The definition of a psychologically healthy person varies depending on changes in personality or counseling theories. Several common features—such as independence and autonomy—appear to describe the psychologically healthy person in the Western mental health field (Pack-Brown & Williams, 2003), reflecting personality and counseling theories based on European American individualism. European American values of psychological health, however, may not be entirely applicable to other cultures or countries, because one's cultural orientation and values influence one's understanding of well-being and what is ideal (Suh, 2000). The purpose of this study is to explore college students' and counselor trainees' perceptions of a psychologically healthy person and perceptions of certain cultural values while examining for potential differences between the United States and South Korea.
United States participants included 200 undergraduate students and 103 graduate students in counseling psychology programs in the Midwestern United States. Korean participants included 241 undergraduate students and 119 graduate students in counseling psychology programs in Korea. The study used four different versions of the survey: a counselor trainee version and a college student version in both English and Korean. Each survey consisted of two different parts. The first part was comprised of the Asian American Values Scale–Multidimensional (AAVS-M; Kim, Li, & Ng, 2005) and the independent Self-Construal Scale (Singelis, 1994). The second part was an open-ended questionnaire which asked for participants' perceptions of psychological health.
A two-way MANOVA was performed with SPSS to examine differences in perceptions of Asian cultural values with the five subscales (i.e., Collectivism, Conformity to Norms, Emotional Self-Control, Family Recognition through Achievement, and Humility) of AAVS-M by nationality (United States vs. South Korea) and profession status (college student vs. counselor trainee). A two-way ANOVA was performed to examine differences in perceptions of individualistic values by nationality and profession status. The qualitative data was analyzed using qualitative content analysis (Morgan, 1993) with principles of inductive analysis (Patton, 2002) and Consensual Qualitative Research (Hill, Thompson, & Williams, 1997) to find themes in participants' answers for open-ended questions using Nvivo software.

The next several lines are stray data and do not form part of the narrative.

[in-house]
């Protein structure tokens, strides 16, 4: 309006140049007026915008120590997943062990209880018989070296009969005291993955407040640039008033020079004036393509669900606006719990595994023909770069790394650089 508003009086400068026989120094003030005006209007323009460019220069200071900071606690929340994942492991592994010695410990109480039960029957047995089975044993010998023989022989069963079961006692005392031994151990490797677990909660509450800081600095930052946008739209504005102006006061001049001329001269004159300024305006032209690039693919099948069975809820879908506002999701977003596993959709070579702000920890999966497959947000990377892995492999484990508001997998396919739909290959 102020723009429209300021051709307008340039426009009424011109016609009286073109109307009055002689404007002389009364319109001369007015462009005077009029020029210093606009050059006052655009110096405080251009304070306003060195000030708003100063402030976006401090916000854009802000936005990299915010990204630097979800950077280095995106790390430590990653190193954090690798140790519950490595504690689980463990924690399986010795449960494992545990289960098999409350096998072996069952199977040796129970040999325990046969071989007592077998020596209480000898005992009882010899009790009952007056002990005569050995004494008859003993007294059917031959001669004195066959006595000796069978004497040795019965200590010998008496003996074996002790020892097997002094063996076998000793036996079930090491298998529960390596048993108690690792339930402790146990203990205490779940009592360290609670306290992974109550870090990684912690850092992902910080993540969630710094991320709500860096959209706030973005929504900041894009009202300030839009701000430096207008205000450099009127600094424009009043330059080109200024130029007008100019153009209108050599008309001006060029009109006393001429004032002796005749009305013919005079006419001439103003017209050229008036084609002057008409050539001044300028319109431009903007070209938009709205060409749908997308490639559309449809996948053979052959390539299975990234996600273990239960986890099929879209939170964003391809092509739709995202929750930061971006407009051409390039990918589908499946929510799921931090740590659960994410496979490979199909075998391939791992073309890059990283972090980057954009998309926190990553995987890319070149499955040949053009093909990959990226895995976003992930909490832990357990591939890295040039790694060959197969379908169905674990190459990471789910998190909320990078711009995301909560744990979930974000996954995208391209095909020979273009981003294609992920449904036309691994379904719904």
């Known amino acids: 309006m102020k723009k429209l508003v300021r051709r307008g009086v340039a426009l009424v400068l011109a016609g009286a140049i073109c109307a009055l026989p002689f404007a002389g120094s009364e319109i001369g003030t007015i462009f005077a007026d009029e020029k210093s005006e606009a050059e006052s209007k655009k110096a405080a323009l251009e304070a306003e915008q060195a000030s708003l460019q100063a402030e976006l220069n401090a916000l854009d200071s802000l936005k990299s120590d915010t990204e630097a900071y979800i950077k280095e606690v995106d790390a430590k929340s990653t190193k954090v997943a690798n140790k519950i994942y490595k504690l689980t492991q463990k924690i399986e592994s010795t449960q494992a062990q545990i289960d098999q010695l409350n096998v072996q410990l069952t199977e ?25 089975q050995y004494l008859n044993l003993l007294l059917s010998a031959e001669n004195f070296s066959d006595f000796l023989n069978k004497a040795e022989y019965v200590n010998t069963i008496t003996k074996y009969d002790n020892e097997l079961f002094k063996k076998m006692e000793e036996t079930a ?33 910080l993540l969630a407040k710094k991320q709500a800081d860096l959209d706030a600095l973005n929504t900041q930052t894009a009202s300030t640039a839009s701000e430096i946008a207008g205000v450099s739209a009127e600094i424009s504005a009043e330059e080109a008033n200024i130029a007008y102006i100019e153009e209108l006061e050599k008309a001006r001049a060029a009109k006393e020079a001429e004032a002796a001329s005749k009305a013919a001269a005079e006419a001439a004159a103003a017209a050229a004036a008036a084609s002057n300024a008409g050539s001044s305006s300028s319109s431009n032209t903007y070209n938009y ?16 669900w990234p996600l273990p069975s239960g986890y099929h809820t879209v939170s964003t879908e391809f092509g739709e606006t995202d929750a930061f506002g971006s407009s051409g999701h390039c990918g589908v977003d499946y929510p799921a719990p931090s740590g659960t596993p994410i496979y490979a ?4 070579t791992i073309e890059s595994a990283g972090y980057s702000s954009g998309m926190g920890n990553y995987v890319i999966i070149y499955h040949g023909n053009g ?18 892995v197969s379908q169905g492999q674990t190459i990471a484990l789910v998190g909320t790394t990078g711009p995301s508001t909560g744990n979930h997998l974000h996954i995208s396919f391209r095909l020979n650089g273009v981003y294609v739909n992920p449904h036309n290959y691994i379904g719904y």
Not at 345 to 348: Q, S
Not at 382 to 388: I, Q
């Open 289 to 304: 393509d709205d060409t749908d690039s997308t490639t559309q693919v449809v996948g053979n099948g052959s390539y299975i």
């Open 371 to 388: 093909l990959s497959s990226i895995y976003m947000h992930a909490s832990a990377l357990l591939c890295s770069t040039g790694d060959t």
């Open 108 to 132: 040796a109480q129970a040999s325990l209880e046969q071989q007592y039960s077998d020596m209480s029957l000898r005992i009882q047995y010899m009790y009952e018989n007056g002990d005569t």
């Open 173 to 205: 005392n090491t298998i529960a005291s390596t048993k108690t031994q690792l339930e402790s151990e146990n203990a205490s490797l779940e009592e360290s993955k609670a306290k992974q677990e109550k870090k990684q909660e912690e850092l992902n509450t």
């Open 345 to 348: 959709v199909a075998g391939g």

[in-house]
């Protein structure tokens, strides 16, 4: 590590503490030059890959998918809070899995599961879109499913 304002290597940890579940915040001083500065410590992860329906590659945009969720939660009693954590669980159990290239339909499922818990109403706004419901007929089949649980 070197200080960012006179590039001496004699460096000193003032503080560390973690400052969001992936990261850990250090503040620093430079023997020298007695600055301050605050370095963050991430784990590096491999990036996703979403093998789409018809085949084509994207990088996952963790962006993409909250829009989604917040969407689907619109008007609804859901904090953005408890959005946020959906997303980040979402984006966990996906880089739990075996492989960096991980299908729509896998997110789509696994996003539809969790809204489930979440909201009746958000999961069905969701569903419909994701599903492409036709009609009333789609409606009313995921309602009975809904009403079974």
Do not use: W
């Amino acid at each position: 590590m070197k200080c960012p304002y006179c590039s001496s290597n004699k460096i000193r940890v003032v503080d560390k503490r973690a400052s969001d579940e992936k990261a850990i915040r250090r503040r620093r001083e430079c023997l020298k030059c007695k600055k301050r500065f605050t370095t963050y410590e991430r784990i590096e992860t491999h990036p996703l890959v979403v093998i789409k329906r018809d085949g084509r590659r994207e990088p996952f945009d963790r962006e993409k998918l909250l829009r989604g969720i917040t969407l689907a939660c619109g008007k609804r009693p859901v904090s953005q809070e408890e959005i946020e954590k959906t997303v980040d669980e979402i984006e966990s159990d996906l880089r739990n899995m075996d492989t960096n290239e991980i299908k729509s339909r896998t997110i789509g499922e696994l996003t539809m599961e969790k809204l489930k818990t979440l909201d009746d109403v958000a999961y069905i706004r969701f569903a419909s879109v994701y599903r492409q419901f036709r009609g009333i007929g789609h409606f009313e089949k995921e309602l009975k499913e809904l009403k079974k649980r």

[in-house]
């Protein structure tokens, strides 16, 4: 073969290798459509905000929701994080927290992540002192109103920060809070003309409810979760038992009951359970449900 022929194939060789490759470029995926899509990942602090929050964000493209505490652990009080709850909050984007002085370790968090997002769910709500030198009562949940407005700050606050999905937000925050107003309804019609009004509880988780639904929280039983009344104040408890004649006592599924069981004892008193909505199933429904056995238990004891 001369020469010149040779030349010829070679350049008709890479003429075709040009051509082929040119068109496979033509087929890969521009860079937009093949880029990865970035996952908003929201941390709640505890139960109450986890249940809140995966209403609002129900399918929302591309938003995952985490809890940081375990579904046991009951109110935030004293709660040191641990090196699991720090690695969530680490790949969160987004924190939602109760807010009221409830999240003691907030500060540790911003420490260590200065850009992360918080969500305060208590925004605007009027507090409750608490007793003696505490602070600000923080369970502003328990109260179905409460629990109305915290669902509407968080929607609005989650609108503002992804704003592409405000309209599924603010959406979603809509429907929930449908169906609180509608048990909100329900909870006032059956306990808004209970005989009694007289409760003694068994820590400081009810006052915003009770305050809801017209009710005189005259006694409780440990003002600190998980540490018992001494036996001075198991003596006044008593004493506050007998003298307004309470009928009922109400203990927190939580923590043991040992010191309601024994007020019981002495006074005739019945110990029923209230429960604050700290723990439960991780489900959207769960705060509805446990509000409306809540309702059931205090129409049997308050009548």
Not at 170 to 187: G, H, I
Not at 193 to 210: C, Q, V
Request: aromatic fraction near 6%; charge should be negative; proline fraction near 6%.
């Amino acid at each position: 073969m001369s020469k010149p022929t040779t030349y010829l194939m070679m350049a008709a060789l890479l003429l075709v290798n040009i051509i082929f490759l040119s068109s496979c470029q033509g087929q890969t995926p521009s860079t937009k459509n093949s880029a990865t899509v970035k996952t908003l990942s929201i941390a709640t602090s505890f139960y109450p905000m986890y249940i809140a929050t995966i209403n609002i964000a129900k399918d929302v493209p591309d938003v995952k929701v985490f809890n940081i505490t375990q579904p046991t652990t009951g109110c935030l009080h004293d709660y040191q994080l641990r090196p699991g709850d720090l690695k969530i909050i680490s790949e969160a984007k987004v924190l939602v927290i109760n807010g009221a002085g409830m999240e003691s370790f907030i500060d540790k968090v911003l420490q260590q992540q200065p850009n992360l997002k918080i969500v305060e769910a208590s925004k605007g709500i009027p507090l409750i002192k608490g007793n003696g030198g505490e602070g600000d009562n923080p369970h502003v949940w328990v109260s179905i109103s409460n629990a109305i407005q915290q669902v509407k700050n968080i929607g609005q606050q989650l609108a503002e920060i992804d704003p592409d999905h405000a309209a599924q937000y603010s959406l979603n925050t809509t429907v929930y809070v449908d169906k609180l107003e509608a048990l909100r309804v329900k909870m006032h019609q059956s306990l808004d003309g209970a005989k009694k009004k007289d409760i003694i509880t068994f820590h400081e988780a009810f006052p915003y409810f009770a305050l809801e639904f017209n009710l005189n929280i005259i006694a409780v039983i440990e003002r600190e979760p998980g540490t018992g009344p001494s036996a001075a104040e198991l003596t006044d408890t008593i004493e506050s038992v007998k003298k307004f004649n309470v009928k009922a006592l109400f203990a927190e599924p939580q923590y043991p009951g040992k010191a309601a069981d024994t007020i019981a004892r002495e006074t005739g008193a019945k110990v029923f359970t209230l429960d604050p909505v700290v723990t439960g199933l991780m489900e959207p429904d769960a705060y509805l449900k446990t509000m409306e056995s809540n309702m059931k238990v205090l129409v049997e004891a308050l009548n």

The MANOVA revealed significant differences in perception of Asian cultural values by both nationality and profession status. The interaction effect of the two independent variables was also statistically significant, indicating that the nature of the difference between counselor trainees and college students varies in the United States and Korea. The ANOVA revealed significant differences in the perception of individualistic values by both nationality and profession status. The interaction effect was also significant, indicating that American counselor trainees perceived individualistic values in a more negative light than American college students, while Korean counselor trainees perceived individualistic values in a more positive light than Korean college students. As a characteristic of a psychologically healthy person, 8 domains (personal and self, interpersonal relations, social norms, affect, cognitive-behavioral, purpose in life, coping, absence of mental illness) and 29 themes emerged as a result of qualitative analysis. Thematic differences between the United States and Korea as well as college students and counselor trainees were identified.
The results help us understand cultural value differences as well as impacts of counselor training in the United States and Korea. The findings suggested that counselor trainees in both the United States and Korea should be aware of their potential tendency to devalue Asian cultural values in their clinical work. The greater value differences between Korean college students and Korean counselor trainees particularly raised needs to develop culturally relevant counseling models and training in Korea. Suggested implications for training and practice of counseling in cross-cultural situations will be elaborated upon in detail.